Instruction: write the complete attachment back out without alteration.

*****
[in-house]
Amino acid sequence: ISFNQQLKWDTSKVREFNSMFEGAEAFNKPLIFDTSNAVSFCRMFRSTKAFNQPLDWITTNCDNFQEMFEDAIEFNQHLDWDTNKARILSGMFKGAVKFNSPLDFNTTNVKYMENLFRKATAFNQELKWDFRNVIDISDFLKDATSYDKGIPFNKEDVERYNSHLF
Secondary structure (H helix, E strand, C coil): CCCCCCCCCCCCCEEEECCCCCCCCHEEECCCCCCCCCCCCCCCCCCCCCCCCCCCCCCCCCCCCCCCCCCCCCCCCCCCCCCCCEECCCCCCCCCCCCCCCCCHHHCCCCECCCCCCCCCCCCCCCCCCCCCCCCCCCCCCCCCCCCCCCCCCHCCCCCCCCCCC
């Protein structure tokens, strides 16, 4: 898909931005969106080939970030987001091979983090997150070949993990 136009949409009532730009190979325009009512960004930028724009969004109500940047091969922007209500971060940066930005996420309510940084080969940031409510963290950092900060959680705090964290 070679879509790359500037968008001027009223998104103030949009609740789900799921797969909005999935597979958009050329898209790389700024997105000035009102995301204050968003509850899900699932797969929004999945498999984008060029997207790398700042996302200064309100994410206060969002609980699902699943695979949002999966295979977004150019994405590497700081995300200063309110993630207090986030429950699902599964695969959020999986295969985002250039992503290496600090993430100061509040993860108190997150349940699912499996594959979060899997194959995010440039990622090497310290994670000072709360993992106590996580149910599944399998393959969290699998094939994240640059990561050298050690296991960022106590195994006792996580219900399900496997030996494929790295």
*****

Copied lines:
[in-house]
Amino acid sequence: ISFNQQLKWDTSKVREFNSMFEGAEAFNKPLIFDTSNAVSFCRMFRSTKAFNQPLDWITTNCDNFQEMFEDAIEFNQHLDWDTNKARILSGMFKGAVKFNSPLDFNTTNVKYMENLFRKATAFNQELKWDFRNVIDISDFLKDATSYDKGIPFNKEDVERYNSHLF
Secondary structure (H helix, E strand, C coil): CCCCCCCCCCCCCEEEECCCCCCCCHEEECCCCCCCCCCCCCCCCCCCCCCCCCCCCCCCCCCCCCCCCCCCCCCCCCCCCCCCCEECCCCCCCCCCCCCCCCCHHHCCCCECCCCCCCCCCCCCCCCCCCCCCCCCCCCCCCCCCCCCCCCCCHCCCCCCCCCCC
């Protein structure tokens, strides 16, 4: 898909931005969106080939970030987001091979983090997150070949993990 136009949409009532730009190979325009009512960004930028724009969004109500940047091969922007209500971060940066930005996420309510940084080969940031409510963290950092900060959680705090964290 070679879509790359500037968008001027009223998104103030949009609740789900799921797969909005999935597979958009050329898209790389700024997105000035009102995301204050968003509850899900699932797969929004999945498999984008060029997207790398700042996302200064309100994410206060969002609980699902699943695979949002999966295979977004150019994405590497700081995300200063309110993630207090986030429950699902599964695969959020999986295969985002250039992503290496600090993430100061509040993860108190997150349940699912499996594959979060899997194959995010440039990622090497310290994670000072709360993992106590996580149910599944399998393959969290699998094939994240640059990561050298050690296991960022106590195994006792996580219900399900496997030996494929790295």